Australia Sees Plenty Of Room To Cut Rates
05/30/2012| 01:39am US/Eastern
--Parkinson says Australia can cut rates if required
--Plenty of room to ease fiscal levers too
--Says Aussie dollar would fall dramatically in a crisis
SYDNEY -- Australia can ease monetary policy if Europe's economic problems deepen further and trigger a fresh global crisis, the country's top economic civil servant said Thursday.
The remarks by Martin Parkinson, the secretary of Australia's Treasury department, come just days ahead of the central bank's June policy meeting where board members are expected to cut the official rate by 25 basis points to 3.50%. His comments also follow a warning by Glenn Stevens, governor of the Reserve Bank of Australia, or RBA, who earlier this week cautioned that China's economy has slowed sharply.
In a testimony to lawmakers that was dominated by Europe, Mr. Parkinson talked up the local economy but acknowledged that policy makers have contingency plans in place and cutting interest rates would be the first lever to pull.
"If Greece comes out of the euro and causes some disruption, then it doesn't really require much of a response from us. The question is if Greece comes out of Europe or something else happens in Europe that leads to a total clogging of the global financial system and a global recession is imminent then it's a different world. All bets are off," Parkinson told lawmakers.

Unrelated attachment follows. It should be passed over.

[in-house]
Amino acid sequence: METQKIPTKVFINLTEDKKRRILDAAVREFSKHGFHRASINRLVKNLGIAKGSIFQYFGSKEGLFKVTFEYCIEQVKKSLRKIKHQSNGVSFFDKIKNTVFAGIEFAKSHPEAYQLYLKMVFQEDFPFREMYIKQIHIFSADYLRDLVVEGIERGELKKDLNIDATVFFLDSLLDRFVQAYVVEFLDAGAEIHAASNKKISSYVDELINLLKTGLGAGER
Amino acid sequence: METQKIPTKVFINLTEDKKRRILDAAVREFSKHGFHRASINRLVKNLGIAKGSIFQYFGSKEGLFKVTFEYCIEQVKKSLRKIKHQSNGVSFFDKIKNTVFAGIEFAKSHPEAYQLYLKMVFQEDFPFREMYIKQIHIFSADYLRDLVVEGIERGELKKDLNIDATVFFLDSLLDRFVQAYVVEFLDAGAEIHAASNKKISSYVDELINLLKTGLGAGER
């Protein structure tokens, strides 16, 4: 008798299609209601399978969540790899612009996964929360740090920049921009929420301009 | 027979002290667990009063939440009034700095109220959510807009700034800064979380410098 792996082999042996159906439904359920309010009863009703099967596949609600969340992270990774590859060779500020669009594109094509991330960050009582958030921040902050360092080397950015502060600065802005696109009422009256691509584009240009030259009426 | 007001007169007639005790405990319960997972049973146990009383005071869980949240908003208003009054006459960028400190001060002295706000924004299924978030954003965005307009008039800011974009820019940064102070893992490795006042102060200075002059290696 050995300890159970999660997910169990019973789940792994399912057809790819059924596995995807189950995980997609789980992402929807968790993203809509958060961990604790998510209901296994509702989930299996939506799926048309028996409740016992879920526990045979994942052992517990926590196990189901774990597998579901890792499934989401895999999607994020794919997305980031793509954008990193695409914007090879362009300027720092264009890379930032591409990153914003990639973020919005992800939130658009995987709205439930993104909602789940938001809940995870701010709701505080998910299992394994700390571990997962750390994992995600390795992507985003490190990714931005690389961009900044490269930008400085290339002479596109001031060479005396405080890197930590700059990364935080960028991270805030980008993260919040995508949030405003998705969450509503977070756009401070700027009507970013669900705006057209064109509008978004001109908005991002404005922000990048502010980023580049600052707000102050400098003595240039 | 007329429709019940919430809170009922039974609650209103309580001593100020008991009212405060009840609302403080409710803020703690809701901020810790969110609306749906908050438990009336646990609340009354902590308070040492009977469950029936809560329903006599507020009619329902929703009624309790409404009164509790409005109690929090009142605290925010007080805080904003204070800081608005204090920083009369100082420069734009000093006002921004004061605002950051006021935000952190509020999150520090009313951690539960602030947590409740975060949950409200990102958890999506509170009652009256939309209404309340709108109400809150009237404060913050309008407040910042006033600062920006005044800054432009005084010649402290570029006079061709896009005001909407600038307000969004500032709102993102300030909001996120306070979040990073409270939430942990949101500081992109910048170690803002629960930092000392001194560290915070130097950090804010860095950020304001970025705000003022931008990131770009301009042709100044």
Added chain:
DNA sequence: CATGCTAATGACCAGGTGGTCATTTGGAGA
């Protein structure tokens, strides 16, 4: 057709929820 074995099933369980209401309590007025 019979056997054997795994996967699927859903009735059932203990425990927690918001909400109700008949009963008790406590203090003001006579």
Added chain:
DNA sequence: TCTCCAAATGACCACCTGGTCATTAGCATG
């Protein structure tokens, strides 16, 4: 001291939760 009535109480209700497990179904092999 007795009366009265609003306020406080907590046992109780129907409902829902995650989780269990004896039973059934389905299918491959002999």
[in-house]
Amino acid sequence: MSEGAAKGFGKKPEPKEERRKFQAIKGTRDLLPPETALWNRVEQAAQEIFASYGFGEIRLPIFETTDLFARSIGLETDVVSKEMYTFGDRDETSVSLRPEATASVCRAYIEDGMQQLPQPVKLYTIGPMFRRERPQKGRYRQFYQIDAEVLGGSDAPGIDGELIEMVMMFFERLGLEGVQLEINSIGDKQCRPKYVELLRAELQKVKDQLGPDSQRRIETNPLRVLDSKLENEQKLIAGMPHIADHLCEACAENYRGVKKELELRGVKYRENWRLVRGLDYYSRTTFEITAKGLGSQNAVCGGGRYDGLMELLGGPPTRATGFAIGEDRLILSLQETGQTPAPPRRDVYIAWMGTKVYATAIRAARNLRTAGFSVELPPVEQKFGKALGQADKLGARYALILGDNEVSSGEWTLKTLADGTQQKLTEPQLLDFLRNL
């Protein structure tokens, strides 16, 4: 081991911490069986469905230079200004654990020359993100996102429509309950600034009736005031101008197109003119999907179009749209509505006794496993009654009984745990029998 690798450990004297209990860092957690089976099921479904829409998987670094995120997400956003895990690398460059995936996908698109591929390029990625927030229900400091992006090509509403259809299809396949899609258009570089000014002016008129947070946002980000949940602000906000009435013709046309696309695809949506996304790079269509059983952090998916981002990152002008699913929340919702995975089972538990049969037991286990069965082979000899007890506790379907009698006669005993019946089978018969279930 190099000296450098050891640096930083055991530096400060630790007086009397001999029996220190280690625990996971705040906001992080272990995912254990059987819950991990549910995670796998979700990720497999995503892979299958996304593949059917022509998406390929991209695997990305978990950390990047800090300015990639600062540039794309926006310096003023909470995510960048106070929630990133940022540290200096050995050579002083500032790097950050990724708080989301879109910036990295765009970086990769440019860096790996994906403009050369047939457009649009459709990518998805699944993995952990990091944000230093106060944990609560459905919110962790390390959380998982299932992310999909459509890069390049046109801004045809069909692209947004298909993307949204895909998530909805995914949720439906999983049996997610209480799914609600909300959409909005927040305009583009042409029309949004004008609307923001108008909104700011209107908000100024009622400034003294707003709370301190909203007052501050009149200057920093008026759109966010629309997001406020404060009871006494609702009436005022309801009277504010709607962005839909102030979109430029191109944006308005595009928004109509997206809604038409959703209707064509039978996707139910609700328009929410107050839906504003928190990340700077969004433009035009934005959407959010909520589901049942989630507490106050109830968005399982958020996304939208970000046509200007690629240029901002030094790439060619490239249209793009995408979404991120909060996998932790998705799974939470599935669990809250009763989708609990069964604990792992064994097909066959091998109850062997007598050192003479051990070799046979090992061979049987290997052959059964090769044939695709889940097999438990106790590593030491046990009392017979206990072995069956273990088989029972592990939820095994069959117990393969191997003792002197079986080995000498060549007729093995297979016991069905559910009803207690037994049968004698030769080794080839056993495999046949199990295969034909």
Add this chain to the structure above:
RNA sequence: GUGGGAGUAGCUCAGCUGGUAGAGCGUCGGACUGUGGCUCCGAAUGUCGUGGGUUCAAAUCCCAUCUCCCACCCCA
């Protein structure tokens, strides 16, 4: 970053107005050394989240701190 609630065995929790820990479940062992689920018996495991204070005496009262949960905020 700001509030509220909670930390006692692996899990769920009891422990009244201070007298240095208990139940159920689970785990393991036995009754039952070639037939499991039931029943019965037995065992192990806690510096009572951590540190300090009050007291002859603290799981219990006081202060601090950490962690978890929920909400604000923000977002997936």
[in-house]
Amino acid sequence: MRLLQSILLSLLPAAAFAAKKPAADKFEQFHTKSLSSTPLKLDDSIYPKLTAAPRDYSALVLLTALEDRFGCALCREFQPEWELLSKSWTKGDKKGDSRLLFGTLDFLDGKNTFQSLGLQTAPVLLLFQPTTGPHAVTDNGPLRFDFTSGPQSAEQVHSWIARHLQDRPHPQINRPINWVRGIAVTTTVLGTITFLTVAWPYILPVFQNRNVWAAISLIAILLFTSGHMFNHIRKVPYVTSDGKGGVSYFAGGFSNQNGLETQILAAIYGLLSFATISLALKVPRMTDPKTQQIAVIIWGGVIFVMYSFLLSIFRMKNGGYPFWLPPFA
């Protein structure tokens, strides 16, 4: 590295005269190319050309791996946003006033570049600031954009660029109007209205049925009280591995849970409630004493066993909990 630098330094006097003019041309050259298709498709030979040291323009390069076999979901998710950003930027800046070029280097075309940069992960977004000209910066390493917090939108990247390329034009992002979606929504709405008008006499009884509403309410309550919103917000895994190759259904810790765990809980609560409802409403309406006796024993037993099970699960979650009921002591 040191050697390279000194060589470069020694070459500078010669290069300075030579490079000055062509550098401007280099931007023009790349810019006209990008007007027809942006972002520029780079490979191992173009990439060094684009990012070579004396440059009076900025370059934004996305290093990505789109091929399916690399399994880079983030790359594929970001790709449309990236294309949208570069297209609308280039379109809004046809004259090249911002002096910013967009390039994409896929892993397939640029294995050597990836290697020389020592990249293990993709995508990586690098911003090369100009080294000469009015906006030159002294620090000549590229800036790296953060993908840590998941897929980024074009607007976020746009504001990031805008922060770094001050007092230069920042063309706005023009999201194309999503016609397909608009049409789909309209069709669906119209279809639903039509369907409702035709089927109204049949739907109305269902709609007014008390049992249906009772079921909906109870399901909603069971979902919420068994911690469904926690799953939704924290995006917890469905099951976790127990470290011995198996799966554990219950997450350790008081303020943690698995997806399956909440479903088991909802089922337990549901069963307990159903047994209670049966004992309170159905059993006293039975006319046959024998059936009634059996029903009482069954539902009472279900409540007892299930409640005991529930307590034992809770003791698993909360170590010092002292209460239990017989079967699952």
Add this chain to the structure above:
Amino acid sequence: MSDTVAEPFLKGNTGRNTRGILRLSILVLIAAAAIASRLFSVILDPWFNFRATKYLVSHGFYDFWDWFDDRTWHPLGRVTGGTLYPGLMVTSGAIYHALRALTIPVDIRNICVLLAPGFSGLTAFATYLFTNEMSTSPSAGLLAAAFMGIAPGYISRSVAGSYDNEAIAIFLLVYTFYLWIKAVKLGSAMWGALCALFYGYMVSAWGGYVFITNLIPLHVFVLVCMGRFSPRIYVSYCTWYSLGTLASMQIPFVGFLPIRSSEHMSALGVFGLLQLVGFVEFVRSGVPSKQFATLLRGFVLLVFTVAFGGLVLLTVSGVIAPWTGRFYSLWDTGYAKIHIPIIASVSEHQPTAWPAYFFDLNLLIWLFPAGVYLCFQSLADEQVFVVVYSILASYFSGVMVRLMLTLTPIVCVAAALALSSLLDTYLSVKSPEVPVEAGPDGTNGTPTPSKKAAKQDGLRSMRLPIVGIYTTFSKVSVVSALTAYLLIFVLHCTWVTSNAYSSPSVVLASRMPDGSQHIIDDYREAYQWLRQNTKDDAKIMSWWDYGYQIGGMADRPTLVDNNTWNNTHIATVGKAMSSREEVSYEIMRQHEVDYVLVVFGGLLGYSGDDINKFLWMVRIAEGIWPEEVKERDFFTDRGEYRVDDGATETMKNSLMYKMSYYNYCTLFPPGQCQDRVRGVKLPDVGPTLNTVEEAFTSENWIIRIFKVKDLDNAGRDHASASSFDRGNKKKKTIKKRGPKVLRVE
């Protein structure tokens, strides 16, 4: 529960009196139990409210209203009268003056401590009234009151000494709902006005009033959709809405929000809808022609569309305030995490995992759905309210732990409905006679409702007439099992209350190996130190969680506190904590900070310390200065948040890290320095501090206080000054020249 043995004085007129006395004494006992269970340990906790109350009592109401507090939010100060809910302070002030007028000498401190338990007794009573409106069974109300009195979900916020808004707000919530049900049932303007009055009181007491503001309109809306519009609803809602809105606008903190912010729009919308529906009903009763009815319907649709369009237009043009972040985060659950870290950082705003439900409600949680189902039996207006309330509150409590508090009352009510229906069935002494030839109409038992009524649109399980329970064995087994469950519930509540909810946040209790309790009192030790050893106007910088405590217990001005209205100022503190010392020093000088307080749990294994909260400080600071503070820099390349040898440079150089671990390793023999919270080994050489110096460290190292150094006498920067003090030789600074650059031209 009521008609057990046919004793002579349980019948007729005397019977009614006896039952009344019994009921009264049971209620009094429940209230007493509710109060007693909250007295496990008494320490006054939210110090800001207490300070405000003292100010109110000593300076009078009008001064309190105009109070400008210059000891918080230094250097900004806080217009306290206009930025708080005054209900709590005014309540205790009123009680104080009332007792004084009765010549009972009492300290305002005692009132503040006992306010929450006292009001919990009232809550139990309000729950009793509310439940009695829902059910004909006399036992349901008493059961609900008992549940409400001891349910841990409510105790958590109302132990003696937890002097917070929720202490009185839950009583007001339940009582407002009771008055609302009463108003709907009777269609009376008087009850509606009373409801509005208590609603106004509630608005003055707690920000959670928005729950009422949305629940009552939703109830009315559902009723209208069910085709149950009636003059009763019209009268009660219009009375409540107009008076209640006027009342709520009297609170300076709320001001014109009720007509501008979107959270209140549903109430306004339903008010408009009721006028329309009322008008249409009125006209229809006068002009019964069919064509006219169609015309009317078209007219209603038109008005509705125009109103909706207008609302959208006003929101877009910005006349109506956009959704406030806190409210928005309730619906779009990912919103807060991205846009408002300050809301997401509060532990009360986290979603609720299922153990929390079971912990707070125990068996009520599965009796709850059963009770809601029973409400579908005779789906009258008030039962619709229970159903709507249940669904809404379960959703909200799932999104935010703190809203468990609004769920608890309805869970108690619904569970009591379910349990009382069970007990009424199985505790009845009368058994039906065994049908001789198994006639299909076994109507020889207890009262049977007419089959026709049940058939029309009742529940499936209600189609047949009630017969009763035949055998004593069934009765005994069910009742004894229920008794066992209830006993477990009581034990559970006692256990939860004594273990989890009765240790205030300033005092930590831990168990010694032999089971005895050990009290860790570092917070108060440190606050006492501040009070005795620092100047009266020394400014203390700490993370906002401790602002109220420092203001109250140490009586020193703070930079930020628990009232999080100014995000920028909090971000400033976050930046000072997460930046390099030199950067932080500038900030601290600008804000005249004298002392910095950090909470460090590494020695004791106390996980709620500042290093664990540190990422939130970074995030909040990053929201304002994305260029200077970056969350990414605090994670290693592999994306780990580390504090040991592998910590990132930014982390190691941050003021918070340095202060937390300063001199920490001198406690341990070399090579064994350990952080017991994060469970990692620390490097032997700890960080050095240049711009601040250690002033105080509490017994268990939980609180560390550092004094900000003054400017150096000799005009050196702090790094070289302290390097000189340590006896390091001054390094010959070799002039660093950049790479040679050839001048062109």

"We do have considerable capacity to move on monetary policy. In that environment our fiscal position is so healthy we can provide stimulus," Mr. Parkinson said.
Another buffer for Australia would likely be a sharp depreciation in the Australian dollar, Mr. Parkinson said. The high yielding currency has lost around 10% form its 2011 highs and some analysts are tipping further losses.
"The exchange rate in a crisis will move very dramatically and that will help offset the shock on the real economy," he said.
Policy makers in Europe are grappling to contain the region's spiralling fiscal crisis with growing fears that Greece may exit the single currency or that Spain will need external aid, two events that could trigger turmoil on global markets.
Direct exposure for Australia to Europe's crisis is minimal. The bigger threat is through any slowing of global trade or disruption to credit markets. But local banks could avoid the public debt market for up to six months if required, the treasury chief said, echoing similar remarks from the banking supervisor.
The treasury chief said global markets have lost confidence in Europe's political leaders to solve the region's crisis and officials across the world have a unified message for Brussels.
"This has got to be dealt with it, we can't deal with it, you have got to deal with it," Mr. Parkinson said.
-By Enda Curran, Dow Jones Newswires; 61-2-8272-4687; email@example.com